Cartoonists in the News Roundup & Updates

Reuben Award nominee Jeff Smith, Reuben Award nominee Bill Griffith and Reuben Award-winner Ernie Bushmiller, Zapiro, courtroom sketch artists Bill Hennessy and Christine Cornell, Darrin Bell, Alison Bechdel, and Dale Hrabi & Kagan McLeod are among the cartoonists in the news in today’ weekend roundup.

Reuben Award nominee Jeff Smith‘s college comic strip Thorn is being collected.

© Jeff Smith

Bleeding Cool shares the good news:

While Bone creator Jeff Smith attended the Ohio State University, he created a comic strip called “Thorn” for the student newspaper, The Lantern, which included some of the characters who later featured in Bone. There was a partial collection, with a thousand print run, but nothing since Bone became a big thing.

Now Jeff Smith has tweeted the news, “There’s never been a complete reprinting of my proto-Bone college strips…but that’s about to change. We’ll make an official announcement soon!”

Ohio State has more information about Jeff Smith’s comic strip for The Lantern.

One master of comics arts pays tribute to another in this inventive graphic biography of Ernie Bushmiller (1905–1982), creator of the long-running strip Nancy. Griffith (Zippy the Pinhead) and his Zen surrealist nonchalance might seem an odd fit for the ostensibly square Bushmiller. He certainly plays with form, inserting himself into the narrative and rearranging Bushmiller’s artwork—but he’s earnest about Nancy: “the perfect expression of what comics are.”

© Bill Griffith

Publishers Weekly has a brief review of Bill Griffith’s forthcoming illustrated biography of Ernie Bushmiller.

A long time coming – here’s The Daily Cartoonist sneak preview from four years ago!

Zapiro Interviewed

I don’t get out of the country much, but as partner Mike features Jonathan Shapiro (pen name: Zapiro) on occasion here’s an exception.

© Jonathan Shapiro

Look, any joke, any humour, any satire is actually based on surprise, because what one is doing is you’re taking the eye and the mind for a walk, and you are coming to a different and surprising conclusion – which comes very quickly and either makes you laugh or angry or just think, oh, gee, I never thought about that. Or it’s hang on a second, that’s exactly what I did think about but I hadn’t found a way to articulate it. So that’s what I’m looking for.

A good cartoon is one that will do that, whichever of those kind of outcomes I get from it. Perhaps a really great cartoon will be one that then does that for so many people that it actually results in some kind of shift.

MoneyWeb interviews “one of South Africa’s most renowned cartoonists and social commentators.”

Courtroom Cartoonists

The truth is that the profession of courtroom satirist has been dying out over the years and the latest twist in the script comes with the entry of cameras into hearings, as more courts decide to start allowing them in their rooms.

© Bill Hennessy

He says, “We have been dying for 50 years.” For her, the profession is “anachronistic” and she feels like a “dinosaur”, although she believes strongly in the need for new generations of cartoonists to continue, especially in the face of the “threat” of cameras.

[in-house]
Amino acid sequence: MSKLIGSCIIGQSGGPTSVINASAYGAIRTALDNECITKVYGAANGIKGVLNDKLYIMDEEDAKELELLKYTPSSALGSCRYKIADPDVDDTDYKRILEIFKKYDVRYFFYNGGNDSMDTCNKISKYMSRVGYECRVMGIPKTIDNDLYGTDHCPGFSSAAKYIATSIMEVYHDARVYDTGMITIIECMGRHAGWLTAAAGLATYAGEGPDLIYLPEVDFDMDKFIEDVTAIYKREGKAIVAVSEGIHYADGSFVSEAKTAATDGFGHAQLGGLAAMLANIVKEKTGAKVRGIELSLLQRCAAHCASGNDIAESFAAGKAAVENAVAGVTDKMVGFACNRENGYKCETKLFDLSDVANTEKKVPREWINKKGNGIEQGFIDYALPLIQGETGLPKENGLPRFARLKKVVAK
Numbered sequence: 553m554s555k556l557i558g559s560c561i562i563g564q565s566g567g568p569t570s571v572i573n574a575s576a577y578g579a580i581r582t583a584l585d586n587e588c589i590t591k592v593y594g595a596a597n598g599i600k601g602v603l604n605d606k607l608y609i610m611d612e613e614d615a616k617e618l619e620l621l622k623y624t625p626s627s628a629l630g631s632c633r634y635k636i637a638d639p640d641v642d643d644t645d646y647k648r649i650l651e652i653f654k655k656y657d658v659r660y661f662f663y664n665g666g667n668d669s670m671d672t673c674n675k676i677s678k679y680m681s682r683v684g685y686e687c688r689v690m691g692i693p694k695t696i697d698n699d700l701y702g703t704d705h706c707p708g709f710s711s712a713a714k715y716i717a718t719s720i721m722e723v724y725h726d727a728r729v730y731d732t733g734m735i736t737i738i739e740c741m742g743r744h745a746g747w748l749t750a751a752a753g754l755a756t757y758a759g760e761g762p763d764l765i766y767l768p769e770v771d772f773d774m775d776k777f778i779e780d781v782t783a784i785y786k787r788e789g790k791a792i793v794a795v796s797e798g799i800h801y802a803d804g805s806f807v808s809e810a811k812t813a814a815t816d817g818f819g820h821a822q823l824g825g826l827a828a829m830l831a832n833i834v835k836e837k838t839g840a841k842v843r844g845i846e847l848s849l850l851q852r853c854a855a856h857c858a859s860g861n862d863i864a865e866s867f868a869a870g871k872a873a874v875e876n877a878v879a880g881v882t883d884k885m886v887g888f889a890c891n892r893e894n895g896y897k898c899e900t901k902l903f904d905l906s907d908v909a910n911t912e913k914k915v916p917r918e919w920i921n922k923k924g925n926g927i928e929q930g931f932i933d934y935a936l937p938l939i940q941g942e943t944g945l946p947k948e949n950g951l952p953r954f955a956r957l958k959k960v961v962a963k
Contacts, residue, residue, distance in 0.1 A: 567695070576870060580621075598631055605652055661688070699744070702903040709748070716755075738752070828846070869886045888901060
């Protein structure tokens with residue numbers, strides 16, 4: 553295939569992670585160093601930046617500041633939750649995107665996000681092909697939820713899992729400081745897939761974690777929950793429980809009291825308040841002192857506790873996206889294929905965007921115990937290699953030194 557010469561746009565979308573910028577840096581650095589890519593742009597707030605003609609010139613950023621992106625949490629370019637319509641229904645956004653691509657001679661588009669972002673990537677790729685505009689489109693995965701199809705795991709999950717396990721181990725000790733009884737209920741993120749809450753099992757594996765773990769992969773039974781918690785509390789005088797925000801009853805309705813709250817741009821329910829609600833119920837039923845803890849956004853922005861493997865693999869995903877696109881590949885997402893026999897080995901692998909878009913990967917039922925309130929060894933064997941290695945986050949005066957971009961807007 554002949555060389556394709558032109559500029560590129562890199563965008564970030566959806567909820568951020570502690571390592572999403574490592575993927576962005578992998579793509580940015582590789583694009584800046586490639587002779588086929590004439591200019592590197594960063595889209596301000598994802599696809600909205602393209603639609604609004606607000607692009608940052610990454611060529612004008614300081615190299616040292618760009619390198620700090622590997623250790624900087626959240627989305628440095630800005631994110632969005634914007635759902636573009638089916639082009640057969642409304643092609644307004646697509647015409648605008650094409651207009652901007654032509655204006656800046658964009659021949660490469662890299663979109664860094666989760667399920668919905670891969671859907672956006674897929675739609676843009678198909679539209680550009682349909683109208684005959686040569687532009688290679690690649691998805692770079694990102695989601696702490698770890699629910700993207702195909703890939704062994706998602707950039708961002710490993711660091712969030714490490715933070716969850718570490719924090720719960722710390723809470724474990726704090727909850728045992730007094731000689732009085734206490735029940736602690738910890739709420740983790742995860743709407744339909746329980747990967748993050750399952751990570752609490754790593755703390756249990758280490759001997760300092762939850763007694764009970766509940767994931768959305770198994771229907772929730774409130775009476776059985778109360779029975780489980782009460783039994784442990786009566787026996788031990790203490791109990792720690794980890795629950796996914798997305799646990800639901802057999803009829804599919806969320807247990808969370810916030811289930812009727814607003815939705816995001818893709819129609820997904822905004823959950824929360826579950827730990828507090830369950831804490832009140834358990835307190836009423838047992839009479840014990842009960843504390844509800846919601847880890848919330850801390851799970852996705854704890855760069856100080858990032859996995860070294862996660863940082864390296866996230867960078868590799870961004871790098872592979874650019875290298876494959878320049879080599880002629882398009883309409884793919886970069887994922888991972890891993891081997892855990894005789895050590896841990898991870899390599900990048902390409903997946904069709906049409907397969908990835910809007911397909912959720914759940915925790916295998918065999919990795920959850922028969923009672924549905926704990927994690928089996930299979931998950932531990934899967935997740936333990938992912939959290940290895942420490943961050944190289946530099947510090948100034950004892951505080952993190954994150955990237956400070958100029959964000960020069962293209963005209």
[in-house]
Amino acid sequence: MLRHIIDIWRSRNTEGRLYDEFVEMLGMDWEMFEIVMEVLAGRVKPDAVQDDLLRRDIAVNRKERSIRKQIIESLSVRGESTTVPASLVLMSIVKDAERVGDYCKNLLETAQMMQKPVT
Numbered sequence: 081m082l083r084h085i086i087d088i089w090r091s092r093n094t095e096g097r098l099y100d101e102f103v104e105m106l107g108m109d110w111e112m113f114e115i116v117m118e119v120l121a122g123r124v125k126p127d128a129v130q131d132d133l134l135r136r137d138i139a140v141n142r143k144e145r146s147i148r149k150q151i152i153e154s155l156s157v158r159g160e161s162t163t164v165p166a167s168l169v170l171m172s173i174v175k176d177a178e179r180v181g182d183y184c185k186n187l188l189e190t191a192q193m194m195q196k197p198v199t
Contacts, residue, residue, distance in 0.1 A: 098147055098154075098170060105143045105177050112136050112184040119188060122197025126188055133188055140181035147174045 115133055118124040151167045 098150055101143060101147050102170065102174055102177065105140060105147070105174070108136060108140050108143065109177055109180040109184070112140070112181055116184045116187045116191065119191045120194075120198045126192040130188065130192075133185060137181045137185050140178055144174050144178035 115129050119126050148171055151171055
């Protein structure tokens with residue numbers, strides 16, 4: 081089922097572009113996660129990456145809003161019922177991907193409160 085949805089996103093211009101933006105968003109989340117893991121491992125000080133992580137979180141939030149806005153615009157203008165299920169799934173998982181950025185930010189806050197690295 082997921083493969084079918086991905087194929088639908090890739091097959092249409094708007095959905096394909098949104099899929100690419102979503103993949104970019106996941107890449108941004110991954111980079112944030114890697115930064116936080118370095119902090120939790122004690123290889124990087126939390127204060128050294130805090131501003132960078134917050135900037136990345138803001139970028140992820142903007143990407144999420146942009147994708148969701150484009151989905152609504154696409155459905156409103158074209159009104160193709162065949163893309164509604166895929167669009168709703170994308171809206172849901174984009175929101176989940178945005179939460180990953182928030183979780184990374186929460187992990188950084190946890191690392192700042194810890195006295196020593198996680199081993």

World Nation News talks to Bill Hennessy and Christine Cornell about their dying art.

Bell once set aside political cartooning for more than 10 years. A cartoon he drew in the days after 9/11 depicting two of the hijackers in Bin Laden-style turbans sparked outrage when it appeared in The Daily Californian. But what got to Bell most wasn’t the hundred-plus Students for Justice for Palestine who occupied the school newspaper’s offices, protesting the cartoon as offensive to Muslims, it was a phone call from the mother of a Sikh boy, who said that the cartoon had hurt her son by making him a target of hate.

Disturbed, Bell chose to focus on his daily strips until George Zimmermann shot 17-year-old Trayvon Martin in 2012…

Hillary Louise Johnson talks to and profiles Darrin Bell for Sactown Magazine.

It was first depicted in the comic strip that started Bechdel’s career, Dykes to Watch Out For — a cult favorite that depicted the real experiences of lesbian life and community.

The strip ran from 1983 to 2008. Now, Bechdel is returning to these characters in an audio adaptation of the comic strip, also called Dykes to Watch Out For.

© Alison Bechdel

So from comic strip to podcast, I’m so curious — what does that process even look like?

Yeah, doesn’t that sound crazy? How would you make a comic strip into something that’s just audio? Because the whole point of a comic strip is it’s visual. I was sort of taken aback when this idea first got broached.

Jenn Jaracki, for Vermont Public, interviews Alison Bechdel about the audio version of her comic strip.

© Wall Street Journal/ Dale Hrabi & Kagan McLeod

The Wall Street Journal goes the graphic journalism route.

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One thought on “Cartoonists in the News Roundup & Updates

  1. Huge fan of Jeff Smith, (Bone is my all-time fav comic book) so his Thorn comic strip being collected for publication is great news. I’ll be on the lookout!

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